AVG is one of the most popular free anti-virus solutions but the firm messed up badly with AVG SafeSearch, a Chrome toolbar that's installed without user consent. The fact that the toolbar will capture consumer data to sell it to advertisers is annoying enough, but Google was quite furious upon finding out that the extension is so broken that it poses a big security risk for Chrome users.
Google Security researcher Tavis Orlandy filed a bug report on December 15 and send the following e-mail to AVG:
“I’m really not thrilled about this trash being installed for Chrome users. The extension is so badly broken that I’m not sure whether I should be reporting it to you as a vulnerability, or asking the extension abuse team to investigate if it’s a PuP [potentially unwanted program].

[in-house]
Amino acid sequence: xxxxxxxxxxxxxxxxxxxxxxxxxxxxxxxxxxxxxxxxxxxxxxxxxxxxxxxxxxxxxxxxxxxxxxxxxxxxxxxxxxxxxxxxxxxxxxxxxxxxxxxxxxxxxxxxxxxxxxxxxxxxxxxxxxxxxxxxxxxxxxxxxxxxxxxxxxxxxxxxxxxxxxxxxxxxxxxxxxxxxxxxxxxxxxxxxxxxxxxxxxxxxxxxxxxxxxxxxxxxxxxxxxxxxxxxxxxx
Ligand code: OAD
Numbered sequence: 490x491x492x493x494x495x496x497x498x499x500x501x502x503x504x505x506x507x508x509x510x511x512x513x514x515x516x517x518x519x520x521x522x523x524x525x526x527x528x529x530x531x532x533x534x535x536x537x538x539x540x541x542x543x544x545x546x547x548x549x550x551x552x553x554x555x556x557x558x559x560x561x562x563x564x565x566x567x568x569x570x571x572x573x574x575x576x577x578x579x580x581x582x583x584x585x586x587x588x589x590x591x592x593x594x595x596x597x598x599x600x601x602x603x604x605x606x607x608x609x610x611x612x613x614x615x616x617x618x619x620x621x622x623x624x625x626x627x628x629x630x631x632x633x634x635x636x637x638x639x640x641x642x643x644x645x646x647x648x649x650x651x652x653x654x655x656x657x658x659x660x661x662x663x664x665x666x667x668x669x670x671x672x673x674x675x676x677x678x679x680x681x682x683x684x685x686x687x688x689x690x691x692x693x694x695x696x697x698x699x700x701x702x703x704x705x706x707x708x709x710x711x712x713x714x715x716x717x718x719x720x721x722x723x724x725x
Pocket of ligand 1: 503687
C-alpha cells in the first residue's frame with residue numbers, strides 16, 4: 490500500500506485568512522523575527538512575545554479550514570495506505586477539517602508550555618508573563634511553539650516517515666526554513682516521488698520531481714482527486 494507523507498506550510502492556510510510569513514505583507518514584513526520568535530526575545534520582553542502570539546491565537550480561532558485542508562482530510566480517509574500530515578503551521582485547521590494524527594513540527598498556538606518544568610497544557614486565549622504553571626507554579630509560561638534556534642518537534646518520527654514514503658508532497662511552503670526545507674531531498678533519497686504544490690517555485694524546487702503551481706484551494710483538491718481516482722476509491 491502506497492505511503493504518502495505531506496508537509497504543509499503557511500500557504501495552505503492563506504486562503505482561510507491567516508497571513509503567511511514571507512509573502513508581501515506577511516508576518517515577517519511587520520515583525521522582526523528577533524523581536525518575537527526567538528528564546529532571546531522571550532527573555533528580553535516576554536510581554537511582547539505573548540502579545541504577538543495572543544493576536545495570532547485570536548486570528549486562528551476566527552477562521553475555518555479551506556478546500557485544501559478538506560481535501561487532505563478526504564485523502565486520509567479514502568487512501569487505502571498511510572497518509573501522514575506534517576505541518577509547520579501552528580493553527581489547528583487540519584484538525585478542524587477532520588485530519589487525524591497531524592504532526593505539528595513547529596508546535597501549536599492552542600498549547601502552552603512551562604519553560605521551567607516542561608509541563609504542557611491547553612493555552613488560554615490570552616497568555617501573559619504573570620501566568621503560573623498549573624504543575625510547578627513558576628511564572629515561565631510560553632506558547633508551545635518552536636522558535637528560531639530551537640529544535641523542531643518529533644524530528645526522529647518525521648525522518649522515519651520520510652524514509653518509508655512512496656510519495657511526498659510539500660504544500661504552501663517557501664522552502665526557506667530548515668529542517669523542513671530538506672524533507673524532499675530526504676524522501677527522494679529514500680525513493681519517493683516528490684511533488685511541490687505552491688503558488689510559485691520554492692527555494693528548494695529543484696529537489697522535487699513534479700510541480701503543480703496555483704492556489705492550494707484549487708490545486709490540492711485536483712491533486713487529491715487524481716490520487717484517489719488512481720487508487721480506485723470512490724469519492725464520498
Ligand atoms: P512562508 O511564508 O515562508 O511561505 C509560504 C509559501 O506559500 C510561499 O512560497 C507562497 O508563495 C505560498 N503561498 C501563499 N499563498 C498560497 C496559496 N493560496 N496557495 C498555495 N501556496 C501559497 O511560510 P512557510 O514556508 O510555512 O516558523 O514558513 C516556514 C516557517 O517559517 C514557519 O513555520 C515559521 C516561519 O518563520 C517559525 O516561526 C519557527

Nevertheless, my concern is that your security software is disabling web security for 9 million Chrome users, apparently so that you can hijack search settings and the new tab page.
There are multiple obvious attacks possible, for example, here is a trivial universal xss in the ‘navigate’ API that can allow any website to execute script in the context of any other domain.” (The relevant code samples can be viewed at the initial bug report.)
AVG released a broken patch on December 19, which got rejected by Google. At the moment, Google is evaluating a revised patch, and reviewing the extension to determine if AVG will be allowed to offer it at all. It's a quite sad incident, especially because AVG's free anti-virus solution is one of the best in the world.